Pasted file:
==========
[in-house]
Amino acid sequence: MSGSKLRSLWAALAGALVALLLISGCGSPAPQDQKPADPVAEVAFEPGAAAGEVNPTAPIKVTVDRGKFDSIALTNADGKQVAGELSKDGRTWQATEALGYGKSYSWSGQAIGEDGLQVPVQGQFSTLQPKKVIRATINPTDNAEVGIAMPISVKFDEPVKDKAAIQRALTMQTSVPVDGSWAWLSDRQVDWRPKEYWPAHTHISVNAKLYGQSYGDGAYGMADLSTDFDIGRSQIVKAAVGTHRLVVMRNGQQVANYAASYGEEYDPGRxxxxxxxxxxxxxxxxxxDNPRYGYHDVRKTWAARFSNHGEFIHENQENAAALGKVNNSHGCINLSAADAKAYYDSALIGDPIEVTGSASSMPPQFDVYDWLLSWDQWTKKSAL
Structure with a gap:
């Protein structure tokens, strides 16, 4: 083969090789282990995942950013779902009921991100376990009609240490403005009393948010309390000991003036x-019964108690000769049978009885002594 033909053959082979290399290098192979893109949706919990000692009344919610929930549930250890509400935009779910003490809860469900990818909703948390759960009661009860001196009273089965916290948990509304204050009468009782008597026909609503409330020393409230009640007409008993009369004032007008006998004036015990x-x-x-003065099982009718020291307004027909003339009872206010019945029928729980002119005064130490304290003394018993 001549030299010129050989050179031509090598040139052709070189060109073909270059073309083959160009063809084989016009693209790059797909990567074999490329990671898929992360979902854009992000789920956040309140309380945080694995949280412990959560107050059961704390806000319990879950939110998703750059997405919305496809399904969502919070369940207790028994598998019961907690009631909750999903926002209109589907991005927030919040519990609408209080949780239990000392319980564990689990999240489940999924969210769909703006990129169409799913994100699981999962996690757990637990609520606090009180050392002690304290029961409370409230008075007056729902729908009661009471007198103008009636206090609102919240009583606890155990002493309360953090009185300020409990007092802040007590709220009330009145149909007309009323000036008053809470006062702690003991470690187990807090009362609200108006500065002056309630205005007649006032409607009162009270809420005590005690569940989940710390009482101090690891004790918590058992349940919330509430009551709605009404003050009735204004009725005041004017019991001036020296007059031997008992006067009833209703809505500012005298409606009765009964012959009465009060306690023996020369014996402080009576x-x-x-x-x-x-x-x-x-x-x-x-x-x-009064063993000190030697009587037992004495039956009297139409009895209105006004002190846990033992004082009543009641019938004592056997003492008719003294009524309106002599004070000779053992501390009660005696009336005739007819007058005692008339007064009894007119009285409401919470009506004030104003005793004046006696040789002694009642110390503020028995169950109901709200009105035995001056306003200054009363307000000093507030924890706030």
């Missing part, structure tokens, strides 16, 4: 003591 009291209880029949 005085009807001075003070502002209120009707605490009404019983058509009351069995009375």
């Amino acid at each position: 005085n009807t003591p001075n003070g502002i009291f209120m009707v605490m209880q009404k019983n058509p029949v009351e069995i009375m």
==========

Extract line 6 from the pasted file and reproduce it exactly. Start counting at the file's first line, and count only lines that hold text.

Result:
């Amino acid at each position: 005085n009807t003591p001075n003070g502002i009291f209120m009707v605490m209880q009404k019983n058509p029949v009351e069995i009375m």